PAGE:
It’s Okay to Set Limits

As parents today we are bombarded with advice, ideas, suggestions, and rules on how to be the best parents we can be for our children. Some change is good; emerging research tells us more and more about human development and how our brains work, and making progress as a society is always a good thing. Still, it can be hard to weed through the good ideas and those with good intentions that don’t really serve us or our children.

Giving children choice is important. Respecting children as autonomous human beings is important. We should recognize that even though they are young, their lives are not ours to live. Their dreams are not ours to fulfill.

So, we give our kids choice. We let them make their own decisions. We honor their growing independence and understand that their ideas may sometimes (often) conflict with our own. And we try to be okay with that.

But should we let our children do whatever they want all the time? We would argue that no, that is a very different scenario. Giving choice is one thing, but neglecting to set any boundaries is something altogether different.

What do children need?

In order for a child to strengthen their sense of independence they need to be able to make their own decisions, but they need to make these within a framework that feels safe. As kids learn and grow, they need to be able to take risks and make mistakes; after all, making mistakes is one way we learn. It is critical, however, that we give our children boundaries within which they are able to make choices.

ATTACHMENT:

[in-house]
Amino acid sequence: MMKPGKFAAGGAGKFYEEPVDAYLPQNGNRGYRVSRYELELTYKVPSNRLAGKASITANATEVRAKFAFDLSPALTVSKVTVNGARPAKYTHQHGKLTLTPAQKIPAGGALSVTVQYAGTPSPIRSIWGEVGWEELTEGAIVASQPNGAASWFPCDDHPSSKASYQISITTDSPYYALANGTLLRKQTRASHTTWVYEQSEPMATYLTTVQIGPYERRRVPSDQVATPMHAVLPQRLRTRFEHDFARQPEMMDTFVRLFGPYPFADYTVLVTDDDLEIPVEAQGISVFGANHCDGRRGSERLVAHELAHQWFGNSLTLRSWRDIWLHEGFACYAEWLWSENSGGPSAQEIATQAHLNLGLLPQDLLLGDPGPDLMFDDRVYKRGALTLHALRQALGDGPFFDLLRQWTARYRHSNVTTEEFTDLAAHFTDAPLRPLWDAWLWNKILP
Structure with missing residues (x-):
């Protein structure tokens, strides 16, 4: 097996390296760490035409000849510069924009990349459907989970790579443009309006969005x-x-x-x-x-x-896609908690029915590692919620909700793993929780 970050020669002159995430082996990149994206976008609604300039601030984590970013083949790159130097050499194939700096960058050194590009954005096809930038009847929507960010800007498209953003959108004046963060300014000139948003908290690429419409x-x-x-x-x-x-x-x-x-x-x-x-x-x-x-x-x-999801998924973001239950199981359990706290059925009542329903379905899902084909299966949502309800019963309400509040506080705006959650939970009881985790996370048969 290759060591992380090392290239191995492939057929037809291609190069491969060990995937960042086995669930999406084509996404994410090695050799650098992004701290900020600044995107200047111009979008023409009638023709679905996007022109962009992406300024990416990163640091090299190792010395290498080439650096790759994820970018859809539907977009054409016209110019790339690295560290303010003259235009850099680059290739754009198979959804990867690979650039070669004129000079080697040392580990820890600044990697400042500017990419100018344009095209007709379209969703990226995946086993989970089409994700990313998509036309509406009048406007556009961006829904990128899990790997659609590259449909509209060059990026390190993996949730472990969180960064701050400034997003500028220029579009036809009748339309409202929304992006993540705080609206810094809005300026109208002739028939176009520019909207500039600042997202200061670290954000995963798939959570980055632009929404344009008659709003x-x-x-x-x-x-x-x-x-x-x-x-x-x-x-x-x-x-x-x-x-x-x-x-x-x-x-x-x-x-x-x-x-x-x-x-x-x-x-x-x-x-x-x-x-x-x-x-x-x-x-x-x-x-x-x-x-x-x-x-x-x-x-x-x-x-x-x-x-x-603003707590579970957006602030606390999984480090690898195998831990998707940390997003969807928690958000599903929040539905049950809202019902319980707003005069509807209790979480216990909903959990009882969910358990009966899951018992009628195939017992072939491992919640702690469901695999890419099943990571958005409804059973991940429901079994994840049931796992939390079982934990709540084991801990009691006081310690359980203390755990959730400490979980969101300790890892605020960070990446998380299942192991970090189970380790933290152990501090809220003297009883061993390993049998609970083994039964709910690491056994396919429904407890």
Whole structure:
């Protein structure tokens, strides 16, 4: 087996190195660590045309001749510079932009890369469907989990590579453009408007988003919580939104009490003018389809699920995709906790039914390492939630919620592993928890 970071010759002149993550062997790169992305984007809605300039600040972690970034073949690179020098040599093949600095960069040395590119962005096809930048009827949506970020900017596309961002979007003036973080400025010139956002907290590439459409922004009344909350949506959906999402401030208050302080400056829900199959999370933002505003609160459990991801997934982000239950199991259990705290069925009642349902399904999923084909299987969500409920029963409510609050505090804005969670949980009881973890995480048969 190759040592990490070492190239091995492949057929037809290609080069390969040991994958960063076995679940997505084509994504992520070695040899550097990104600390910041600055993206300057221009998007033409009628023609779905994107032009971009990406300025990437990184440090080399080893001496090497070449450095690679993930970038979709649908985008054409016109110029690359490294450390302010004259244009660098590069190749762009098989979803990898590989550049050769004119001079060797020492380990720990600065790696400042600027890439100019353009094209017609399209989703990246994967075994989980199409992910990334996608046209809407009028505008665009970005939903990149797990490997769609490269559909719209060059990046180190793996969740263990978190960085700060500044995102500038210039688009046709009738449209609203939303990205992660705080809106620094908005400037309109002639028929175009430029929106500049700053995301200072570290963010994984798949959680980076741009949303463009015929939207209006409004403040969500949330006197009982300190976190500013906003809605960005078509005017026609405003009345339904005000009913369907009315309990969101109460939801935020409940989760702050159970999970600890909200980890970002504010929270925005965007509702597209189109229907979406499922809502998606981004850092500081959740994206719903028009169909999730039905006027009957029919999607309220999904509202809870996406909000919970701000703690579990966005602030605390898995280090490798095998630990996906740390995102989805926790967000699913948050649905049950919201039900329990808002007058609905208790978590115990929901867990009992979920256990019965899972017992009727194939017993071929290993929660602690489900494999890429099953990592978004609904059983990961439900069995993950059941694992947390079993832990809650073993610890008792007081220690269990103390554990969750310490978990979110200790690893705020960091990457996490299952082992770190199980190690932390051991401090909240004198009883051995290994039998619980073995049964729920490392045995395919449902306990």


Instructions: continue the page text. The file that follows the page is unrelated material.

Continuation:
As children grow and develop, it is critical that they form bonds with adults in their lives that are trusting and secure. Our kids really do test us sometimes; they push against the rules we set because they are seeking a sense of how strong our limits are and whether or not we mean what we say. Giving guidance and setting boundaries isn’t just okay, it’s critical to letting our children know we are here for them and care about their well being.

In short, kids need choice. They also need those choices to fall within limits that keep them safe, both physically and emotionally. When they’re younger, they need fewer choices and more limits. As they grow, we increase the choice and decrease the limits. This way, once they are fully mature adults, they have had plenty of time to practice making decisions prior to any expectation that they actually do so successfully on their own. Isn’t that what childhood is all about? Human children are able to experience a joyful period of time in which they get to practice becoming a responsible adult.

What does this look like in our classrooms?

Montessori classrooms are carefully prepared environments with built-in choices and limits. Some examples of how we achieve this balance:

  • Furniture is arranged so that children are free to move around, but most classrooms are devoid of large open areas that might encourage running in such a confined space. Those shelves are placed with intention!
  • Materials on the shelves are rotated frequently. Children may only access what is available to them. Materials that we do not want the children to have access to are kept stored away in a cabinet or closet.